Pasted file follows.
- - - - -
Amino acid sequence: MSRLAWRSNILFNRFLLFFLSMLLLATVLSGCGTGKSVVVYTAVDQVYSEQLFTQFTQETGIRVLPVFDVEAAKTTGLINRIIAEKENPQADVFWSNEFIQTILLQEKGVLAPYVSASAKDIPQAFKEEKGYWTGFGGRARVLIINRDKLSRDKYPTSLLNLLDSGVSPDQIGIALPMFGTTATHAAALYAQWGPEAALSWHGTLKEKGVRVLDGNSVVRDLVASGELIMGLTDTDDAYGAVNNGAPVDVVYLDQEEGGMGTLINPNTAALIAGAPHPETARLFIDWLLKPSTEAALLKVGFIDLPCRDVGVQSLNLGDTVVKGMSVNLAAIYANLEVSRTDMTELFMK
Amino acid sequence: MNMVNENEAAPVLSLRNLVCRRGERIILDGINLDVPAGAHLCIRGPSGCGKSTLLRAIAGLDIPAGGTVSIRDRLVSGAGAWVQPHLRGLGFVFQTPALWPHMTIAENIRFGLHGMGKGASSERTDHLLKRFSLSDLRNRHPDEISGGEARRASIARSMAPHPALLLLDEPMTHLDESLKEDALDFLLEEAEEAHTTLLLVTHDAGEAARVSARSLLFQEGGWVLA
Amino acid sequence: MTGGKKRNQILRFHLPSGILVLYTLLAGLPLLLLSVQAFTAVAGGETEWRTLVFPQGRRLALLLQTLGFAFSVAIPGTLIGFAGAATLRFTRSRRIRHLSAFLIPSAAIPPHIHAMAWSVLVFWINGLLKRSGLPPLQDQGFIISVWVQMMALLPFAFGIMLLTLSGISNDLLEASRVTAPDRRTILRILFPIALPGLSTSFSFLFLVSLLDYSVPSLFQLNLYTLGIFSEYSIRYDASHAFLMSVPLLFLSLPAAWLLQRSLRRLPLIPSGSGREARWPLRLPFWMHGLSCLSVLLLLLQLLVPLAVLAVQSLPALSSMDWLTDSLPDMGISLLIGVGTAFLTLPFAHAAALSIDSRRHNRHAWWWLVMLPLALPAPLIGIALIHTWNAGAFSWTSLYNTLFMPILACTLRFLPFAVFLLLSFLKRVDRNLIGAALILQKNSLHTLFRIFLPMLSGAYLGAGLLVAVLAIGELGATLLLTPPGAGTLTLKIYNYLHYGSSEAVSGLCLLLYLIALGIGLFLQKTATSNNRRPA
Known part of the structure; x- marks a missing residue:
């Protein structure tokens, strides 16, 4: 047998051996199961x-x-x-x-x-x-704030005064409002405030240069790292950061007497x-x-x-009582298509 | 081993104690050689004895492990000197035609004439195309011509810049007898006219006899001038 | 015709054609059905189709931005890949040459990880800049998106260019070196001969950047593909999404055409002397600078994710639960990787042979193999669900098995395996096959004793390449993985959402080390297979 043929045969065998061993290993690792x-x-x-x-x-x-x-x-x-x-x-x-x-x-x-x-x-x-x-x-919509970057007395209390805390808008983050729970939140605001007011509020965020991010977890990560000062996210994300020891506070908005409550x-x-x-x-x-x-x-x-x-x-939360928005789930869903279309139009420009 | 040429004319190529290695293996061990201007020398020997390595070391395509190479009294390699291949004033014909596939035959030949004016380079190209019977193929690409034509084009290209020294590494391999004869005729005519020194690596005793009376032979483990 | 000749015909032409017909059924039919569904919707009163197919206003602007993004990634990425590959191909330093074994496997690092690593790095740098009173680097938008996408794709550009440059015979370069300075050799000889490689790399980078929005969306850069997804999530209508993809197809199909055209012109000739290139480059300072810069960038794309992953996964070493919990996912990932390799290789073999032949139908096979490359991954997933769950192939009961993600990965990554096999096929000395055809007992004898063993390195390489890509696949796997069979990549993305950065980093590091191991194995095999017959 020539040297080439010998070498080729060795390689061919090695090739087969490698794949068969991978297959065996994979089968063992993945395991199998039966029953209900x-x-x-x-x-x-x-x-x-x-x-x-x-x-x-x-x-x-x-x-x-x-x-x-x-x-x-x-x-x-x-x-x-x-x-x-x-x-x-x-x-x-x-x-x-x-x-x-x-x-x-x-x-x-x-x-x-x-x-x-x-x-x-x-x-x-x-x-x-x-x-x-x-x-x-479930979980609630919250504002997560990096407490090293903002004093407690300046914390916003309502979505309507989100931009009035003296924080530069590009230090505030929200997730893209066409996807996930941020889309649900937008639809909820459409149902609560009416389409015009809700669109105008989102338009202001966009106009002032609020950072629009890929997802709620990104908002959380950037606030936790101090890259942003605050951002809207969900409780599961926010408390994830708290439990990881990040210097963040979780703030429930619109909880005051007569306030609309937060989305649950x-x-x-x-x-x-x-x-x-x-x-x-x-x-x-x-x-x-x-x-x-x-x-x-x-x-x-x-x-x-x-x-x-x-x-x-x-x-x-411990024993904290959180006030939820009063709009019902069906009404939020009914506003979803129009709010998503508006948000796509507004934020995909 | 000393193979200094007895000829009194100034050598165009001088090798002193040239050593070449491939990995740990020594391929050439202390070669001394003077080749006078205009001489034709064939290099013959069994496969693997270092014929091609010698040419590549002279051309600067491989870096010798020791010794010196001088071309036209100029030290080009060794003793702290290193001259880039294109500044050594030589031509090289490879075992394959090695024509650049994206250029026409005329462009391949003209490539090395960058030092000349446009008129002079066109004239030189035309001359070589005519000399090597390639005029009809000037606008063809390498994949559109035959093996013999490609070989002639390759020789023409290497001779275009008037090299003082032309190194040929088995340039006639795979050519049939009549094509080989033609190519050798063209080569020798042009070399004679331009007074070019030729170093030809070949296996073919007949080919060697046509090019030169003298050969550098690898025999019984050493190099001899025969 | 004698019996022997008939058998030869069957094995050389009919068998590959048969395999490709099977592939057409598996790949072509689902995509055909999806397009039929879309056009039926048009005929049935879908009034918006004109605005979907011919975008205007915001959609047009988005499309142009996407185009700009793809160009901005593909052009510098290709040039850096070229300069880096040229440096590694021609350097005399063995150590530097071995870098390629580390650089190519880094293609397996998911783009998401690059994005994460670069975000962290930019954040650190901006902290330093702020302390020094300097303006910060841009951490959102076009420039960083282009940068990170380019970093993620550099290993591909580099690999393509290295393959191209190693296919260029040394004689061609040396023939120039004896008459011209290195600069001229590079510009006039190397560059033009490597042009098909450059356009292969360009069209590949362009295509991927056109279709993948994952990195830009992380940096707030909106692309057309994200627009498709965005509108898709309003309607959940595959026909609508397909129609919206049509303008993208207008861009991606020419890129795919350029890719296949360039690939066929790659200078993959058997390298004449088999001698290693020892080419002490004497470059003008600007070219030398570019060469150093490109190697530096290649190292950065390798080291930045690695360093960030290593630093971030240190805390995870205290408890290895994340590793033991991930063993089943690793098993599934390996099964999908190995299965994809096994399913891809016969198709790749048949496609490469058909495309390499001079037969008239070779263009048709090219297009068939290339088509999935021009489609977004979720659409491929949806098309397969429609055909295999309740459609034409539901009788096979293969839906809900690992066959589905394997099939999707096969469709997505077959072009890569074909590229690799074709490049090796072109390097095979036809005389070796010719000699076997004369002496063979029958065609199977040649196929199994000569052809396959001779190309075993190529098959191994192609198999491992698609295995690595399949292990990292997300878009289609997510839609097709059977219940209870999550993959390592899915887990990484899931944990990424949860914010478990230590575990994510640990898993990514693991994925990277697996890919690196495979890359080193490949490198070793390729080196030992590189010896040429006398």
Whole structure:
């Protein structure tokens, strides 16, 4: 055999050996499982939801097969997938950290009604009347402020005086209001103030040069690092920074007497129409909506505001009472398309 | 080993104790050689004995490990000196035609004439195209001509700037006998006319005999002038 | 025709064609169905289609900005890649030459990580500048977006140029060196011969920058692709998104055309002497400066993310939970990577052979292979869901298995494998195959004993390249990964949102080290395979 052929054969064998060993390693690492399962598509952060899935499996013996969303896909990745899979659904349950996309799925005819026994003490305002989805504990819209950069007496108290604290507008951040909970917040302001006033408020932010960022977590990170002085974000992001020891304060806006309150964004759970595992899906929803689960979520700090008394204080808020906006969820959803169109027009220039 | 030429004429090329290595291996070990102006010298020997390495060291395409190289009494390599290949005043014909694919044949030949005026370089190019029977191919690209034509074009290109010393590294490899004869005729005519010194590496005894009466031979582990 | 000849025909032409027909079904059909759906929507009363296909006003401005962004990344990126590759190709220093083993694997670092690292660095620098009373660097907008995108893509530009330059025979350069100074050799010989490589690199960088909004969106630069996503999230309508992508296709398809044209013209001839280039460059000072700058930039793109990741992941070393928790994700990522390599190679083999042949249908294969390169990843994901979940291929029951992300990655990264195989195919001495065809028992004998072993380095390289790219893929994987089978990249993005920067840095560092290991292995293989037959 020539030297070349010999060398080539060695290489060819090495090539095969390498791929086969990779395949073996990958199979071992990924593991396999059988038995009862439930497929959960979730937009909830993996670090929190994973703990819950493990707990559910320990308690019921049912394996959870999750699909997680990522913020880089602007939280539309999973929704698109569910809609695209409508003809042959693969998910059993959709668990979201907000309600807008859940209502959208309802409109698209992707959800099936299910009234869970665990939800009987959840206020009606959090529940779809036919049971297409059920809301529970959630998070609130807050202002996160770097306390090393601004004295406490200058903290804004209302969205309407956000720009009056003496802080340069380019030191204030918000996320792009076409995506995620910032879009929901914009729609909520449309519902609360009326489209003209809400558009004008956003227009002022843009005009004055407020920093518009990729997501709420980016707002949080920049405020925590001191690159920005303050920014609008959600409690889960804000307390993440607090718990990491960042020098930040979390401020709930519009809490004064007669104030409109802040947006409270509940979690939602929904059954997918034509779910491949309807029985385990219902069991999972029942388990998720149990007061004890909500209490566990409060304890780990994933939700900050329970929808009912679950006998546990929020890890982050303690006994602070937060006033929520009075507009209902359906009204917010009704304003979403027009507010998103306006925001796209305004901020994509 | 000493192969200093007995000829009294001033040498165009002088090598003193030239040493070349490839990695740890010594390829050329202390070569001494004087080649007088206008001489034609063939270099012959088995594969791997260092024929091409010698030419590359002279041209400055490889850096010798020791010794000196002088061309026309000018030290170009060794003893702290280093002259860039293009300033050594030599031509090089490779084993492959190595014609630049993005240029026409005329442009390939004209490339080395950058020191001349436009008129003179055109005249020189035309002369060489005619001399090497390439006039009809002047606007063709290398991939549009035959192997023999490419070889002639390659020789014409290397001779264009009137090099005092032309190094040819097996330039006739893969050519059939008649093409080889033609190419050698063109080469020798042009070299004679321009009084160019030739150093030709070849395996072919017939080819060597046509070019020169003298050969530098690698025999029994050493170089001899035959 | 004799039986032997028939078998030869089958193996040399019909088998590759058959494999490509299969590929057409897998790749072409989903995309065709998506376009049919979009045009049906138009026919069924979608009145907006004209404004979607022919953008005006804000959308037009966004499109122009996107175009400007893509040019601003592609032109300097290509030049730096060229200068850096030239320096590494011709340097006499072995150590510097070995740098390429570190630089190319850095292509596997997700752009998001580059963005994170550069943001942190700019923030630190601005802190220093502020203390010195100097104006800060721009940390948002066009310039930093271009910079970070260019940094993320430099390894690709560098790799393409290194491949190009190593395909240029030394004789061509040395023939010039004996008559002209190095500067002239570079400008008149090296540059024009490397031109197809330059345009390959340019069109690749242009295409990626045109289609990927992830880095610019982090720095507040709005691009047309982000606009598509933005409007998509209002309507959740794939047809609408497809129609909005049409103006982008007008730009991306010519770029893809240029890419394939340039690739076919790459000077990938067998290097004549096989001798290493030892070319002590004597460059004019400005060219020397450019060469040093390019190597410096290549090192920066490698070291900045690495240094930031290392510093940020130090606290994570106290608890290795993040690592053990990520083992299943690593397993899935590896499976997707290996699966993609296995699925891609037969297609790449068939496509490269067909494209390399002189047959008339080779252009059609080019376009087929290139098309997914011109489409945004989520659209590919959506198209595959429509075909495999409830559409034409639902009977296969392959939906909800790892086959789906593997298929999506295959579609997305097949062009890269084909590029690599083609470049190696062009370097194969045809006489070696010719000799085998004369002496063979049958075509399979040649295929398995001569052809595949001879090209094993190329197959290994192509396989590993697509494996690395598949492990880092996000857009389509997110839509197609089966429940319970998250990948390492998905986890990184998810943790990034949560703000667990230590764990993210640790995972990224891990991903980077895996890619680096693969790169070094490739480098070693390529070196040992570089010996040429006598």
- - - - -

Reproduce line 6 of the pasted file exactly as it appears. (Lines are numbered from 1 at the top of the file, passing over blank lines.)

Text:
Whole structure: